Normally, standing up increases the heart rate by 10 beats per minute or less. With POTS, the heart rate is expected to increase by 30 beats per minute or more. Similarly, a systolic blood pressure drop of more than 20 mm Hg or a diastolic blood pressure drop of more than 10 mm Hg within a few minutes of standing is considered substantial.

Positional blood pressure and pulse changes are not definitively diagnostic or POTS—you can experience this degree of change with other conditions, and you may not always have these changes with POTS.

Diagnostic Tests

A tilt-table test may be helpful in making the diagnosis of POTS. During this test, blood pressure and pulse are measured at several time intervals when lying down on a table and when the table is moved to an upright position.

Differential Diagnosis

There are many causes of dysautonomia, syncope, and orthostatic hypotension. Throughout your medical evaluation, your doctor may consider other conditions besides POTS, such as dehydration, deconditioning from prolonged bed rest, and diabetic neuropathy.

Medications such as diuretics or blood pressure medication can cause effects similar to those of POTS as well.


There are several important approaches used in the management of POTS and you may need a combination of several therapeutic approaches. Your doctor may suggest that you regularly check your blood pressure and pulse at home so that you can discuss the results when you go in for your medical checkups.

Fluids and Diet

Drinking non-caffeinated fluids can keep you hydrated. You and your doctor can calculate the right amount of fluids that you need each day. Overnight dehydration is common, so it is especially important to drink fluids first thing in the morning — before getting out of bed, if possible.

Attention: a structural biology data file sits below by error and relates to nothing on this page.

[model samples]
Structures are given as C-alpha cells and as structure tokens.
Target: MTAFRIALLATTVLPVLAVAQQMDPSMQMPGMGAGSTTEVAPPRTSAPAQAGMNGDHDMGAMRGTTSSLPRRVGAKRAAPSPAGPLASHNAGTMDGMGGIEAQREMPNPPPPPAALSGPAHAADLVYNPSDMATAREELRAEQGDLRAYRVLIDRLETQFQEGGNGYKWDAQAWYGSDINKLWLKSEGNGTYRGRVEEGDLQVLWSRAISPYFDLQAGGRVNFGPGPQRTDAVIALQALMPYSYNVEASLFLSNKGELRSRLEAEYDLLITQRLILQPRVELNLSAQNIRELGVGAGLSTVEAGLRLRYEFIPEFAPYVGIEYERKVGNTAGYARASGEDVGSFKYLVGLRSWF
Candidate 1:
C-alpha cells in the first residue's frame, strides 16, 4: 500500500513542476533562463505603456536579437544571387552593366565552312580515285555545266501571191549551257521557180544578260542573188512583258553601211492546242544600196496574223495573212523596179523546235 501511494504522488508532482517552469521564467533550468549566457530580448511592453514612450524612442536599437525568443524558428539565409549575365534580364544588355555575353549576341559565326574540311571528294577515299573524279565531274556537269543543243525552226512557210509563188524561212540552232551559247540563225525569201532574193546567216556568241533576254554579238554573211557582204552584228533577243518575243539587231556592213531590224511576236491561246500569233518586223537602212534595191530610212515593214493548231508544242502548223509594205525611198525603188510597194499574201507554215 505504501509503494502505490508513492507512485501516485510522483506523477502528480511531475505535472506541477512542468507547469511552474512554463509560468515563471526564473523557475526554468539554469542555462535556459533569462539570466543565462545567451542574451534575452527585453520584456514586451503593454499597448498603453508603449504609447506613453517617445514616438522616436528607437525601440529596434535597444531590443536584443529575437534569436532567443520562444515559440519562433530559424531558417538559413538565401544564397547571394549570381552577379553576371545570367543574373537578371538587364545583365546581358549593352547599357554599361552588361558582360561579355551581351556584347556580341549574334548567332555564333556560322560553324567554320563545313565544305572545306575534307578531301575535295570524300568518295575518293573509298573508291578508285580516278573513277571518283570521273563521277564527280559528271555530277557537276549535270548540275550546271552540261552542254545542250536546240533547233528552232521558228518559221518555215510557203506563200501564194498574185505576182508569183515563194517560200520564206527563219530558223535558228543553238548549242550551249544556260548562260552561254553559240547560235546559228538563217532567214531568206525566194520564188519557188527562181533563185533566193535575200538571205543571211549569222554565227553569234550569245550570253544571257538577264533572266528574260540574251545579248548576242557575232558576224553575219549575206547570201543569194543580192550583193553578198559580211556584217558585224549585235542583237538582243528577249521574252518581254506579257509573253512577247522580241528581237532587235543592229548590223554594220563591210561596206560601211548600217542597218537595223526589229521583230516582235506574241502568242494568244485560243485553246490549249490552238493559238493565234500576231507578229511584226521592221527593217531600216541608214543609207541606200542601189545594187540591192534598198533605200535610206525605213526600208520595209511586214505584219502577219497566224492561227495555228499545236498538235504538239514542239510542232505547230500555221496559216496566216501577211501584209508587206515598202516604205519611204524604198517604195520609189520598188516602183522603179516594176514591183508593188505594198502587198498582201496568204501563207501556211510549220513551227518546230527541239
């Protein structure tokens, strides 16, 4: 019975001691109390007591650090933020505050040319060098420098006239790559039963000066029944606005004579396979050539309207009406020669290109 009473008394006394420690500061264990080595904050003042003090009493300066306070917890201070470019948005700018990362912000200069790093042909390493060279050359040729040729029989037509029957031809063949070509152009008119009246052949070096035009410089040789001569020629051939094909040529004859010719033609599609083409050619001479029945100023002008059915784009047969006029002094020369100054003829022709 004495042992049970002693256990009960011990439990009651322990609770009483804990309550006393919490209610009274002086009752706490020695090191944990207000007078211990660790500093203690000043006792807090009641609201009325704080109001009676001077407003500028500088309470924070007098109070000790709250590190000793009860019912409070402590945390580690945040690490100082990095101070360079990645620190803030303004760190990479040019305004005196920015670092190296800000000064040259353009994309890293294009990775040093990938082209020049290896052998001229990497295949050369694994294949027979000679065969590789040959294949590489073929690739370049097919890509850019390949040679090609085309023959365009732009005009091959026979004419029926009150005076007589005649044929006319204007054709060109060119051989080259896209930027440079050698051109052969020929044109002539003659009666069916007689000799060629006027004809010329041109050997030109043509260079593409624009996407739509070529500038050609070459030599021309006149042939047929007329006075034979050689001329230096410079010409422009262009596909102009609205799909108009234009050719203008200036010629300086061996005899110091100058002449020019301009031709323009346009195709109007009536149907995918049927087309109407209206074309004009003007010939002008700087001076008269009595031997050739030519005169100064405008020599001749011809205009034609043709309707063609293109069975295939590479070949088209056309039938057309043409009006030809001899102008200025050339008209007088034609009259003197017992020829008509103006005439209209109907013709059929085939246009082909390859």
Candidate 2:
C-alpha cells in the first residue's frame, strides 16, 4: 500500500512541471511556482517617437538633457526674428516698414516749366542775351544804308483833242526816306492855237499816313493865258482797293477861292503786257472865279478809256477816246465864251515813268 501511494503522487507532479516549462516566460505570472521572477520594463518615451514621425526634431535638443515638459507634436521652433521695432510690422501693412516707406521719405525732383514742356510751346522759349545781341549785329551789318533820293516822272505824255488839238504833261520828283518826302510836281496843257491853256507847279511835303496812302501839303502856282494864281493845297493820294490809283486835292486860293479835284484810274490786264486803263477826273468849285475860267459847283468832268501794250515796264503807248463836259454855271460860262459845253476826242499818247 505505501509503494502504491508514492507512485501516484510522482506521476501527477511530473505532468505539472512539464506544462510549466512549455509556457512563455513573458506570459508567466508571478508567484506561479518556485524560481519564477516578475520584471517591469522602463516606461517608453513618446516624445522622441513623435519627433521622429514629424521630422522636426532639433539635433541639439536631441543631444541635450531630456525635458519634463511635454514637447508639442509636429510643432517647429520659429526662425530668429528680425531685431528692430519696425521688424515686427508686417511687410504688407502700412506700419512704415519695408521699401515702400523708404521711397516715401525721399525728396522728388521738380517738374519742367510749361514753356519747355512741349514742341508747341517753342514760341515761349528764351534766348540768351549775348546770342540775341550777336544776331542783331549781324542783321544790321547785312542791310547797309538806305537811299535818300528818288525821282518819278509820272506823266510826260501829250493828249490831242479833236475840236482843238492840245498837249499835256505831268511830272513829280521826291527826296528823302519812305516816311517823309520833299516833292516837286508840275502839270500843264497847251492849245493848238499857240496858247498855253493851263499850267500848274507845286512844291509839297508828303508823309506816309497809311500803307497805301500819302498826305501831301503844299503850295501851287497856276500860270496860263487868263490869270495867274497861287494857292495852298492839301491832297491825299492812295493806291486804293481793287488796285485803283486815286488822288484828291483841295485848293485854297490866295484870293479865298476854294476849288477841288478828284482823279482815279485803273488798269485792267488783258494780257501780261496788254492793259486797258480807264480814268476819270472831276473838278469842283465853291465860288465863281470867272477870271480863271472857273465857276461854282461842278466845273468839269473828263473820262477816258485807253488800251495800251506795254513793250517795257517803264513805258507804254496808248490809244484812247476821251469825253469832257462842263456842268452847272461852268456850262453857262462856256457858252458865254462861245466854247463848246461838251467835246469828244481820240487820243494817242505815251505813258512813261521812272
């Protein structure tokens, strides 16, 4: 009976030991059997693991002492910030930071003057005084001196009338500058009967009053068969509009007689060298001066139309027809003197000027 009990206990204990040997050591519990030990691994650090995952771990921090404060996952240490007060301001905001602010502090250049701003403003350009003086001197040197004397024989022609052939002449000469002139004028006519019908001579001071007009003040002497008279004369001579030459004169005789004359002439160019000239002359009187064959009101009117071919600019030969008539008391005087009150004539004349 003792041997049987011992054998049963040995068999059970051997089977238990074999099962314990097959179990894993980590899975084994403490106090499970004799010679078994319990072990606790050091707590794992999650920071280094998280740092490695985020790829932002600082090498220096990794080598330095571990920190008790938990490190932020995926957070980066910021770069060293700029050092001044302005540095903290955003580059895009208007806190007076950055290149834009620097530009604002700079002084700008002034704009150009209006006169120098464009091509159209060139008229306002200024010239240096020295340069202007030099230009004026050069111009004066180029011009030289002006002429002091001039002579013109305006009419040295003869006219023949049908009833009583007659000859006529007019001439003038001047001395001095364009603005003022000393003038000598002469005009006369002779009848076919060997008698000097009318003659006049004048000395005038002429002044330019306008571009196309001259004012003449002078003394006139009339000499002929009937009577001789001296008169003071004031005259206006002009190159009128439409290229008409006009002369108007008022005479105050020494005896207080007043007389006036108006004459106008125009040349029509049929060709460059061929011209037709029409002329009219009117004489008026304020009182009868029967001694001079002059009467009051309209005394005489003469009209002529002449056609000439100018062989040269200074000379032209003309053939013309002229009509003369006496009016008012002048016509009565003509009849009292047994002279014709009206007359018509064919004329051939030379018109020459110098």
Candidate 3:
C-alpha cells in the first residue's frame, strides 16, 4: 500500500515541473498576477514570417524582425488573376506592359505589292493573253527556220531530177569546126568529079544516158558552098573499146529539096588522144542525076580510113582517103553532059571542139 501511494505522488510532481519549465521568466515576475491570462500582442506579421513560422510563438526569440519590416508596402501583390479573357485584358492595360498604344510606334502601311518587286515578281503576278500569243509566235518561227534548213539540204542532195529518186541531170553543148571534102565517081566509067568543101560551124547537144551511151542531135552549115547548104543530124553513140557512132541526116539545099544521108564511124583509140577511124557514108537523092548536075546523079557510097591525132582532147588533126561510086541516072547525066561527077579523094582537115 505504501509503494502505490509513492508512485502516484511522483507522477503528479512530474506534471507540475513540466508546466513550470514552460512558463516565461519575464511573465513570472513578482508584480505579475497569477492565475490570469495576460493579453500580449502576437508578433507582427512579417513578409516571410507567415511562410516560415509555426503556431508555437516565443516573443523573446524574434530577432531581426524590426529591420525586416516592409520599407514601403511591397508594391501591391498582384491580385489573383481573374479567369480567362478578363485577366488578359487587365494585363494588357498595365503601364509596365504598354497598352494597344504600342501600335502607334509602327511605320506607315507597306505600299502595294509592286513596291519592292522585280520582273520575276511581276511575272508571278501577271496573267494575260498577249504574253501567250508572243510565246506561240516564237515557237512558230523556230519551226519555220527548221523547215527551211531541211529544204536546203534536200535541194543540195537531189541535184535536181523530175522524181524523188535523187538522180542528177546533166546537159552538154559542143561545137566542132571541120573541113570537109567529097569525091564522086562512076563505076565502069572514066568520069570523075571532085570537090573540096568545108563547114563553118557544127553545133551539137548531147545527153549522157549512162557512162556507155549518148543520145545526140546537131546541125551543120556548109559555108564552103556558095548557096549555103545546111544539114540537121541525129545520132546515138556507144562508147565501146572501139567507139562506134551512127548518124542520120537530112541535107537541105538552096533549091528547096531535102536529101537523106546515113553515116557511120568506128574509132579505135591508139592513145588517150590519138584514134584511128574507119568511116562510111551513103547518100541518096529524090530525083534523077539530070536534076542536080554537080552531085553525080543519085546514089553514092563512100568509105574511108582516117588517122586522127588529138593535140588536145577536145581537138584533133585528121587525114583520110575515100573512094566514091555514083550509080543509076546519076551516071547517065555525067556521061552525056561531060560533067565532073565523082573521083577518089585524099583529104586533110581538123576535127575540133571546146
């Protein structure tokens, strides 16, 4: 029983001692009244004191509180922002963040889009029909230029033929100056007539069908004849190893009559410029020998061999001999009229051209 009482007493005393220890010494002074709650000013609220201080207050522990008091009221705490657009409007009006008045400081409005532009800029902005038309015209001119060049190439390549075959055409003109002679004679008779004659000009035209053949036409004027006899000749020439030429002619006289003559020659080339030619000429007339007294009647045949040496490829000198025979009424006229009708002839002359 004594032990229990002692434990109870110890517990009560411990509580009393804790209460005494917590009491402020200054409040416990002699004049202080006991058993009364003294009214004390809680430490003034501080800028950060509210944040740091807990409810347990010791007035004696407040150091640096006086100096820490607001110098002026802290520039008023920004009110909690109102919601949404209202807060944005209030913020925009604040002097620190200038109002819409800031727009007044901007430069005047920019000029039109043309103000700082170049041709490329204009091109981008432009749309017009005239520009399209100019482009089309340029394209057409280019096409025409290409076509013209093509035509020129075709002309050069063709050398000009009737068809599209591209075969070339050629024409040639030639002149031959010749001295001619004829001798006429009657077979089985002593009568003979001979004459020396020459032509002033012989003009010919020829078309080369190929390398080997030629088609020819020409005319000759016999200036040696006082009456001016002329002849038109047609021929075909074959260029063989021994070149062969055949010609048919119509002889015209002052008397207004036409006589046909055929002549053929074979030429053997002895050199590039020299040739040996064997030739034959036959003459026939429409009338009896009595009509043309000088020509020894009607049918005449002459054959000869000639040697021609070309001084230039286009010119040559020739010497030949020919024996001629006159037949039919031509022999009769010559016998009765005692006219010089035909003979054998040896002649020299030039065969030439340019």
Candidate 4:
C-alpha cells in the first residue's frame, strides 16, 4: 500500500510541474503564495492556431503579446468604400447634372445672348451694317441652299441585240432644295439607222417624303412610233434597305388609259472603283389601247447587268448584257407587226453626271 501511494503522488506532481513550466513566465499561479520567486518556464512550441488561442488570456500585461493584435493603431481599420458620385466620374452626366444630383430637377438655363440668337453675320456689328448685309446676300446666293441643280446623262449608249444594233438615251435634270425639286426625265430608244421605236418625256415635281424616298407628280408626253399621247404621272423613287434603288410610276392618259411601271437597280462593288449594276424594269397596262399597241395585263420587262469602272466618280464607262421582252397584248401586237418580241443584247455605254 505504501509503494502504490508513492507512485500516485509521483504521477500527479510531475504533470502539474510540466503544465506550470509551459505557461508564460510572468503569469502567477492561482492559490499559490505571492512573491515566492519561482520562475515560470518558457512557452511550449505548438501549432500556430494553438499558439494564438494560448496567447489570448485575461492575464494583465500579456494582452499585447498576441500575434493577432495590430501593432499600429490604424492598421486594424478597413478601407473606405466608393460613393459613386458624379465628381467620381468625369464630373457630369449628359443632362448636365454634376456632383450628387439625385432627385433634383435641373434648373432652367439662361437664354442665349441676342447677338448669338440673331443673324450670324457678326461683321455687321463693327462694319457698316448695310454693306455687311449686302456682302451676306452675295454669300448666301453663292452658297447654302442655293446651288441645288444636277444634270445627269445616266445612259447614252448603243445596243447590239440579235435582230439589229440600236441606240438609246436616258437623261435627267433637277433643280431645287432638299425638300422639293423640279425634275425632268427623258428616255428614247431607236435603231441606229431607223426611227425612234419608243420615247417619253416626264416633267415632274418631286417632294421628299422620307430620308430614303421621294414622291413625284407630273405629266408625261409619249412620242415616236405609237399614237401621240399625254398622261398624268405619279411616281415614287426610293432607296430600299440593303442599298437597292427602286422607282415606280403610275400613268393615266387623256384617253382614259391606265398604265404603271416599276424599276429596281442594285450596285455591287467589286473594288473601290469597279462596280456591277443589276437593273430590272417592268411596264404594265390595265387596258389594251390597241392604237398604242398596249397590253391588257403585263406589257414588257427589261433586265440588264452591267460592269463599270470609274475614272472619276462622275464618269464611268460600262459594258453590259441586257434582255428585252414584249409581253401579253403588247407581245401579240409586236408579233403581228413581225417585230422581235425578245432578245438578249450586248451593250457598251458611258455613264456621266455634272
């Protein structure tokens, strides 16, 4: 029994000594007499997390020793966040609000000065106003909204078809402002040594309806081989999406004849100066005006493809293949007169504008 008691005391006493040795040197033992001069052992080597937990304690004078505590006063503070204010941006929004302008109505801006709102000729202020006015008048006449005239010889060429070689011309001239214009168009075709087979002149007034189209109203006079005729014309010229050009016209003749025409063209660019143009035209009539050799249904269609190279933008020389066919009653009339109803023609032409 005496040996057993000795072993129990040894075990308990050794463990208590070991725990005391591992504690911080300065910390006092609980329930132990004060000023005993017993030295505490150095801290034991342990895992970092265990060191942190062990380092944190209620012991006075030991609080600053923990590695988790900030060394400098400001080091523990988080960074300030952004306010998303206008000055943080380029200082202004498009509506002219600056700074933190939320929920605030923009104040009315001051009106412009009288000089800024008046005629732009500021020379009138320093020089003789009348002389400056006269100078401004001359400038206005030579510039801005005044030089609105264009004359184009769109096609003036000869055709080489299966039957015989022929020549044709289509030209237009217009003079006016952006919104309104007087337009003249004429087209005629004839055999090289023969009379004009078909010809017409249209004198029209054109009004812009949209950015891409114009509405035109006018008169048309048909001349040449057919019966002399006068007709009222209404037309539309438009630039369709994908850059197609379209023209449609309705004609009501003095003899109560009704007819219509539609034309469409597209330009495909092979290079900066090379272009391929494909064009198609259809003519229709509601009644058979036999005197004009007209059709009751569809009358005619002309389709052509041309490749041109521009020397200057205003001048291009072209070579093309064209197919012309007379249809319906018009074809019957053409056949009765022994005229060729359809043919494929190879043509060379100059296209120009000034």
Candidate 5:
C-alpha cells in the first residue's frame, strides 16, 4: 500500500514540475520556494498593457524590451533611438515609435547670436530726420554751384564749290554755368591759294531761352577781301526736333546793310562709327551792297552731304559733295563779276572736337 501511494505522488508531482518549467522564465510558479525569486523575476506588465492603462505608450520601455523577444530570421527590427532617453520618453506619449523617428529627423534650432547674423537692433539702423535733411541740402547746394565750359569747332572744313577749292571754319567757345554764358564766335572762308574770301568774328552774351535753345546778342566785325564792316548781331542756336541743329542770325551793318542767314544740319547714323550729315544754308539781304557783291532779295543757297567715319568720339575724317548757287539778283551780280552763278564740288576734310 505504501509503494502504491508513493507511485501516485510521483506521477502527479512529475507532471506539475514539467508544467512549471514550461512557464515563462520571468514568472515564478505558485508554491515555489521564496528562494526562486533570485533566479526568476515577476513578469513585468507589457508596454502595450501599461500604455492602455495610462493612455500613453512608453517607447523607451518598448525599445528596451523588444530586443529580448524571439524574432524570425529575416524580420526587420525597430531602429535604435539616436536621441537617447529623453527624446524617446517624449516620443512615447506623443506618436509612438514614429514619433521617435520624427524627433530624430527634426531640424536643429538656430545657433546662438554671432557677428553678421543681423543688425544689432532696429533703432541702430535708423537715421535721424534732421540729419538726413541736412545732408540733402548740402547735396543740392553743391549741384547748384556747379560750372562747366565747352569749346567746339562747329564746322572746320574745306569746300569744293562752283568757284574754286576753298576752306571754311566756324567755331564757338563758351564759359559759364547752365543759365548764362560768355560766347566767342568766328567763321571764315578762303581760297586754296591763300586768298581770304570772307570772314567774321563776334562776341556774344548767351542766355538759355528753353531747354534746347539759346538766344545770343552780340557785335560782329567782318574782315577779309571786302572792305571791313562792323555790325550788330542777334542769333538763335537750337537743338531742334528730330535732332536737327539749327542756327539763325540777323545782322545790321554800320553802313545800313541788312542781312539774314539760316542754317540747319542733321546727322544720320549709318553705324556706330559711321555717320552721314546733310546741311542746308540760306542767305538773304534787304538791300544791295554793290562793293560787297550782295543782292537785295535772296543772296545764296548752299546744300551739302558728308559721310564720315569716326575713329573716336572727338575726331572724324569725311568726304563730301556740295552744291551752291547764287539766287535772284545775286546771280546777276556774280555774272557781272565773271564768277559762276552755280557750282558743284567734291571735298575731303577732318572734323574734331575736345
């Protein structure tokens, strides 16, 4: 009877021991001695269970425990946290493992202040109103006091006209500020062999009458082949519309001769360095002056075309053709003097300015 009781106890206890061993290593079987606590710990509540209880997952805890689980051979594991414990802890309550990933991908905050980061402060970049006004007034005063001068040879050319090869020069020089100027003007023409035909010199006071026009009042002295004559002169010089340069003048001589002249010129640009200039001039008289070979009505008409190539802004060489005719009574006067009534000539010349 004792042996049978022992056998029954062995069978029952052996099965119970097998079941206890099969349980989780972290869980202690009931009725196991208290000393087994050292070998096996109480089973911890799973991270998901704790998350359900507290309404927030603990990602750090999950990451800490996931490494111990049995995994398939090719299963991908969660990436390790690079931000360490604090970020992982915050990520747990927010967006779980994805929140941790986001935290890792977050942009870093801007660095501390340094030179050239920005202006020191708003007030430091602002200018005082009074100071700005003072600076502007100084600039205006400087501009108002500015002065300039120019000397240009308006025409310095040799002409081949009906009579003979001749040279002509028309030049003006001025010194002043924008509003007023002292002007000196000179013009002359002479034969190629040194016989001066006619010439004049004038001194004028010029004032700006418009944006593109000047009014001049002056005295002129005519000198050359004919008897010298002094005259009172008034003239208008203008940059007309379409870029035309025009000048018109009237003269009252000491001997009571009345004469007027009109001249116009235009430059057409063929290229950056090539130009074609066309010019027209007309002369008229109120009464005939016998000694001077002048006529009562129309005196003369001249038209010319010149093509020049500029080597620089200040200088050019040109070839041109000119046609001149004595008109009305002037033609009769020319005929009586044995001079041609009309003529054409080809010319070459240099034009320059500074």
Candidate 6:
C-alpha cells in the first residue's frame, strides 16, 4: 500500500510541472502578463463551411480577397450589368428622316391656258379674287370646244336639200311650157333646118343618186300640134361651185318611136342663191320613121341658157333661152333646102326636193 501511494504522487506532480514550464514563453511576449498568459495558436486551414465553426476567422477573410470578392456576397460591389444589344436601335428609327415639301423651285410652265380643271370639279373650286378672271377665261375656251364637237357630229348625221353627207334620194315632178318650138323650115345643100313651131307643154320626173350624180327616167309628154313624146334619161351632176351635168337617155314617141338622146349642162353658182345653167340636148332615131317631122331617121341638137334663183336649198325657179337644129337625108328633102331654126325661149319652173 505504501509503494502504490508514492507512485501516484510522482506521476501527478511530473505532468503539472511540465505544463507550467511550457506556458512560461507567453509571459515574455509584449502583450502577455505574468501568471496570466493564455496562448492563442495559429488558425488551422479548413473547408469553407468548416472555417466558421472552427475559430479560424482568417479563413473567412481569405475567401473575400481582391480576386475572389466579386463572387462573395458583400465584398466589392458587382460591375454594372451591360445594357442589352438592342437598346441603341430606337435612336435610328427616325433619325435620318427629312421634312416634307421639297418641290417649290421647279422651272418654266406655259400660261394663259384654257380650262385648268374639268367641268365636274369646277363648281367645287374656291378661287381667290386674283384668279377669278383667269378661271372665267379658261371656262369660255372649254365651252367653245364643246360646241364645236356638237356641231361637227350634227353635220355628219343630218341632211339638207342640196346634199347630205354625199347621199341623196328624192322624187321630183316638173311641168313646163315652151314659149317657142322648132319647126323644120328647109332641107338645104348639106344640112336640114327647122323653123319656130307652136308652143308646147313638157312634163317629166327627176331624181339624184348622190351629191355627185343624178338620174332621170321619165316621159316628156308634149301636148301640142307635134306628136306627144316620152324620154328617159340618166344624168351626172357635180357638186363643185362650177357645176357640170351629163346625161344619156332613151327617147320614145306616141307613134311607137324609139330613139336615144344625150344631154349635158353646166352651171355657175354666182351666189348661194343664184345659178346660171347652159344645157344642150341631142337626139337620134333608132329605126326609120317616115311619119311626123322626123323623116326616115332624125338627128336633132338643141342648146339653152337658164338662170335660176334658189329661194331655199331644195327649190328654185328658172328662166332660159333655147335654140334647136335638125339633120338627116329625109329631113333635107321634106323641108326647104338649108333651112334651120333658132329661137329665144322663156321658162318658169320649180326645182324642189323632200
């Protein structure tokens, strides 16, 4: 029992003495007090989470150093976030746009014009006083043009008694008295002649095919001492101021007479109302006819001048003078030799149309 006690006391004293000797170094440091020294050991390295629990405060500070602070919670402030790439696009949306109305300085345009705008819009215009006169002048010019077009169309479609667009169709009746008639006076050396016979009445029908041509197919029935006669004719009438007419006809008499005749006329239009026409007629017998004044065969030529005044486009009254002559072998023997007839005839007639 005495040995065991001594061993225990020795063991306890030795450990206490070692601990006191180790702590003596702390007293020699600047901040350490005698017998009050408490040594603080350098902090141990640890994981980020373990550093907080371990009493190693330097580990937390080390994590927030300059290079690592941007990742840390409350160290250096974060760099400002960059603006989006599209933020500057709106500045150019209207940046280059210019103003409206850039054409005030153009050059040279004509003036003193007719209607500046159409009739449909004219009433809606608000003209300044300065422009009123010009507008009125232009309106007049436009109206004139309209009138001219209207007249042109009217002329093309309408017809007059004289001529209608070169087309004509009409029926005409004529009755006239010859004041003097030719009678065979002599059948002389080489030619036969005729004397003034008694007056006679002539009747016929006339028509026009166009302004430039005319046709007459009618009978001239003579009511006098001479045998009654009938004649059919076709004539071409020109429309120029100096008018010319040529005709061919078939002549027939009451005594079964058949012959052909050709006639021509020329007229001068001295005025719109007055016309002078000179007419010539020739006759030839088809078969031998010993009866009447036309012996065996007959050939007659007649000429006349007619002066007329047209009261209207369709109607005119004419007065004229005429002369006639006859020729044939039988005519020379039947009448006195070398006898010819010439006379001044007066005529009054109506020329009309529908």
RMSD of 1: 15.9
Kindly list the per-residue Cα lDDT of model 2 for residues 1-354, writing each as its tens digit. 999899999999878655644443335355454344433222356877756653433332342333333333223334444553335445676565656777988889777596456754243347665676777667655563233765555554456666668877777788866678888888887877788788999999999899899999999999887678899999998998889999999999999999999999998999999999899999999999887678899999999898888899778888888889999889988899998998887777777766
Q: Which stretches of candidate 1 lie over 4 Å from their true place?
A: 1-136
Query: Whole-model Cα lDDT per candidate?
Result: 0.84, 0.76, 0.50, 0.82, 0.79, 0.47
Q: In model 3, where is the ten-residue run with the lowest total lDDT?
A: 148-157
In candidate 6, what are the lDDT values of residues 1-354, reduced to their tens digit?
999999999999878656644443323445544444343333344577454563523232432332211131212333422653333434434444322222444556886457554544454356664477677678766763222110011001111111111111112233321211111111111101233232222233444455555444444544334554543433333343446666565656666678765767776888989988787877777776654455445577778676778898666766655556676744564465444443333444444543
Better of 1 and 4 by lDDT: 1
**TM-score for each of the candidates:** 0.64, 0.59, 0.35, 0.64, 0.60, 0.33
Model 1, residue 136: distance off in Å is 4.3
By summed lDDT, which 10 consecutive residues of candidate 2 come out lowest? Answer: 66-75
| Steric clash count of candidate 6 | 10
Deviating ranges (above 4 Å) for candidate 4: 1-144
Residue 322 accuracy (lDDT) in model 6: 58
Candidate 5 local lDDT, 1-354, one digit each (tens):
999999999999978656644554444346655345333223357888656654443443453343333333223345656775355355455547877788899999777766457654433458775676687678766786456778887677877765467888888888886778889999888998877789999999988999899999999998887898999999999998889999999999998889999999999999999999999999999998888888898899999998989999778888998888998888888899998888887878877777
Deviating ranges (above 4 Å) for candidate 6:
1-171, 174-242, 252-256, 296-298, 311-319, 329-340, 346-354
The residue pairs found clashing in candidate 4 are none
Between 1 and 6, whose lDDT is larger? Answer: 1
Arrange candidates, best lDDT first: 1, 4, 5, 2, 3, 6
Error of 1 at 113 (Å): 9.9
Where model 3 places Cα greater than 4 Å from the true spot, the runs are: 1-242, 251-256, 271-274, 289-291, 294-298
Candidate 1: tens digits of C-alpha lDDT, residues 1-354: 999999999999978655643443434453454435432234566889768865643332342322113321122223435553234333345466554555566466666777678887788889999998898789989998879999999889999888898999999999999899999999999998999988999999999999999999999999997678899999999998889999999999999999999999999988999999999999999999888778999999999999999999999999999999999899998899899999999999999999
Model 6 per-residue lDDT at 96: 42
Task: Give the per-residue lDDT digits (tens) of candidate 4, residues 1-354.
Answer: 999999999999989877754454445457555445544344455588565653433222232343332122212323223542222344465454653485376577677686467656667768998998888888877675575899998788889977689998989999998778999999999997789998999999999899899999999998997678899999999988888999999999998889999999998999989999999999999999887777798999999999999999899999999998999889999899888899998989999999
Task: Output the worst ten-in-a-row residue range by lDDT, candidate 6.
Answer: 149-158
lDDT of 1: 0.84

It is also important that you maintain an adequate amount of sodium. Generally, it is extremely rare for a person to be too low in sodium, but it is a factor to be aware of.

Exercise Therapy

Exercise therapy can help your body learn to adjust to an upright position. Because it can be very difficult to exercise when you have POTS, a formal exercise program under supervision may be needed.

An exercise program for POTS may begin with swimming or using rowing machines, which do not require an upright posture. Generally, after a month or two, walking, running or cycling may be added.

If you have POTS, you will need to continue your exercise program for the long term to keep your symptoms from returning.


Prescriptions that have been used to manage POTS include midodrine, beta-blockers, pyridostigmine (Mestinon) and fludrocortisone.

Ivabradine (used for a heart condition called sinus tachycardia), also has been used effectively in some people with POTS.

Compression Stockings

Your doctor may prescribe compression stockings, which prevent too much blood from flowing into your legs when you stand—potentially helping avoid orthostatic hypotension.

A Word From Verywell

POTS is a condition that can be very disruptive and frustrating. This condition often affects young people, and while it may resolve over time, treatment is helpful.

You may need some adjustments in your medications as you and your doctor work to find the right medication and dose for you.

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Article Sources
Verywell Health uses only high-quality sources, including peer-reviewed studies, to support the facts within our articles. Read our editorial process to learn more about how we fact-check and keep our content accurate, reliable, and trustworthy.
  1. National Institutes of Health. National Center for Advancing Translational Sciences. Genetic and Rare Diseases Information Center (GARD). Postural orthostatic tachycardia syndrome

  2. Dysautonomia International. What is dysautonomia? 

  3. Dysautonomia International. Postural Orthostatic Tachycardia Syndrome